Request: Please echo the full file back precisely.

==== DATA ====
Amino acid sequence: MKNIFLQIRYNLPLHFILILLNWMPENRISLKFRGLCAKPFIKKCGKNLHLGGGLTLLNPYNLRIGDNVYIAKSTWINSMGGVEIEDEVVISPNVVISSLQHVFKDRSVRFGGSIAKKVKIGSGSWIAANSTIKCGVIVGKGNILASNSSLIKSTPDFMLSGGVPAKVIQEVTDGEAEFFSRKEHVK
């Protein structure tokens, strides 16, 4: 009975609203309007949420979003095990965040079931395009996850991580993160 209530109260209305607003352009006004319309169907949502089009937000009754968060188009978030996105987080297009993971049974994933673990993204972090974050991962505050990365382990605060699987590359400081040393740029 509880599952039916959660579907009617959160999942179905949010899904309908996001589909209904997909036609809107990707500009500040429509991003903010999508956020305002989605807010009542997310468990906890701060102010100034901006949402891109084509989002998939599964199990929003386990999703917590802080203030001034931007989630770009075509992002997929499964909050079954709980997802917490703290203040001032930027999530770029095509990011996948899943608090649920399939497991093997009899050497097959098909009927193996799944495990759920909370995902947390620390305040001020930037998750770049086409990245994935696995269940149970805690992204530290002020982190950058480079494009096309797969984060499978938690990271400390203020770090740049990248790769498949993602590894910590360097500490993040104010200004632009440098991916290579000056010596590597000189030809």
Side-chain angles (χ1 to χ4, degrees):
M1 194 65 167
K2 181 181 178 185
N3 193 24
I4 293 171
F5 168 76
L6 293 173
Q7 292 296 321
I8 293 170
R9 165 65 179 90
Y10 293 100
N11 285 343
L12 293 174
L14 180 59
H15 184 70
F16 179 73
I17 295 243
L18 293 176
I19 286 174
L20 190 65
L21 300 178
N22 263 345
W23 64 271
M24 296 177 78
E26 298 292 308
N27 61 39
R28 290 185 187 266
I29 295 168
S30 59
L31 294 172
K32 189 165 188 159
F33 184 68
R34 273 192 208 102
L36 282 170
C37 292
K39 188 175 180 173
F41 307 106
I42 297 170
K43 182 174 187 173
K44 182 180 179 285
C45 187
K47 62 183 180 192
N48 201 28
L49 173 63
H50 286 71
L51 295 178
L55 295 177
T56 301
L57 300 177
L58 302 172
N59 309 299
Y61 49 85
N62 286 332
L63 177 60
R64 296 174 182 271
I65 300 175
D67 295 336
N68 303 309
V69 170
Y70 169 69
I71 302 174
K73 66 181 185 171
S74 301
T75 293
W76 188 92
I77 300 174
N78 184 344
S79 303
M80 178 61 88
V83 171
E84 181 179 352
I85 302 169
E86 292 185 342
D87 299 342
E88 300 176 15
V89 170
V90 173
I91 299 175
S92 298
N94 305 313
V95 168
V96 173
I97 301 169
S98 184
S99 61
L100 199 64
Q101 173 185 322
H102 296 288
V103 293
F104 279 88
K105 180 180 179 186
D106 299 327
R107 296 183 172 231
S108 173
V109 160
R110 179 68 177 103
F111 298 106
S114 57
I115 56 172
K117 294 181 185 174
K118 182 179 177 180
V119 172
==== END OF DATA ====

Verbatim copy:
Amino acid sequence: MKNIFLQIRYNLPLHFILILLNWMPENRISLKFRGLCAKPFIKKCGKNLHLGGGLTLLNPYNLRIGDNVYIAKSTWINSMGGVEIEDEVVISPNVVISSLQHVFKDRSVRFGGSIAKKVKIGSGSWIAANSTIKCGVIVGKGNILASNSSLIKSTPDFMLSGGVPAKVIQEVTDGEAEFFSRKEHVK
């Protein structure tokens, strides 16, 4: 009975609203309007949420979003095990965040079931395009996850991580993160 209530109260209305607003352009006004319309169907949502089009937000009754968060188009978030996105987080297009993971049974994933673990993204972090974050991962505050990365382990605060699987590359400081040393740029 509880599952039916959660579907009617959160999942179905949010899904309908996001589909209904997909036609809107990707500009500040429509991003903010999508956020305002989605807010009542997310468990906890701060102010100034901006949402891109084509989002998939599964199990929003386990999703917590802080203030001034931007989630770009075509992002997929499964909050079954709980997802917490703290203040001032930027999530770029095509990011996948899943608090649920399939497991093997009899050497097959098909009927193996799944495990759920909370995902947390620390305040001020930037998750770049086409990245994935696995269940149970805690992204530290002020982190950058480079494009096309797969984060499978938690990271400390203020770090740049990248790769498949993602590894910590360097500490993040104010200004632009440098991916290579000056010596590597000189030809």
Side-chain angles (χ1 to χ4, degrees):
M1 194 65 167
K2 181 181 178 185
N3 193 24
I4 293 171
F5 168 76
L6 293 173
Q7 292 296 321
I8 293 170
R9 165 65 179 90
Y10 293 100
N11 285 343
L12 293 174
L14 180 59
H15 184 70
F16 179 73
I17 295 243
L18 293 176
I19 286 174
L20 190 65
L21 300 178
N22 263 345
W23 64 271
M24 296 177 78
E26 298 292 308
N27 61 39
R28 290 185 187 266
I29 295 168
S30 59
L31 294 172
K32 189 165 188 159
F33 184 68
R34 273 192 208 102
L36 282 170
C37 292
K39 188 175 180 173
F41 307 106
I42 297 170
K43 182 174 187 173
K44 182 180 179 285
C45 187
K47 62 183 180 192
N48 201 28
L49 173 63
H50 286 71
L51 295 178
L55 295 177
T56 301
L57 300 177
L58 302 172
N59 309 299
Y61 49 85
N62 286 332
L63 177 60
R64 296 174 182 271
I65 300 175
D67 295 336
N68 303 309
V69 170
Y70 169 69
I71 302 174
K73 66 181 185 171
S74 301
T75 293
W76 188 92
I77 300 174
N78 184 344
S79 303
M80 178 61 88
V83 171
E84 181 179 352
I85 302 169
E86 292 185 342
D87 299 342
E88 300 176 15
V89 170
V90 173
I91 299 175
S92 298
N94 305 313
V95 168
V96 173
I97 301 169
S98 184
S99 61
L100 199 64
Q101 173 185 322
H102 296 288
V103 293
F104 279 88
K105 180 180 179 186
D106 299 327
R107 296 183 172 231
S108 173
V109 160
R110 179 68 177 103
F111 298 106
S114 57
I115 56 172
K117 294 181 185 174
K118 182 179 177 180
V119 172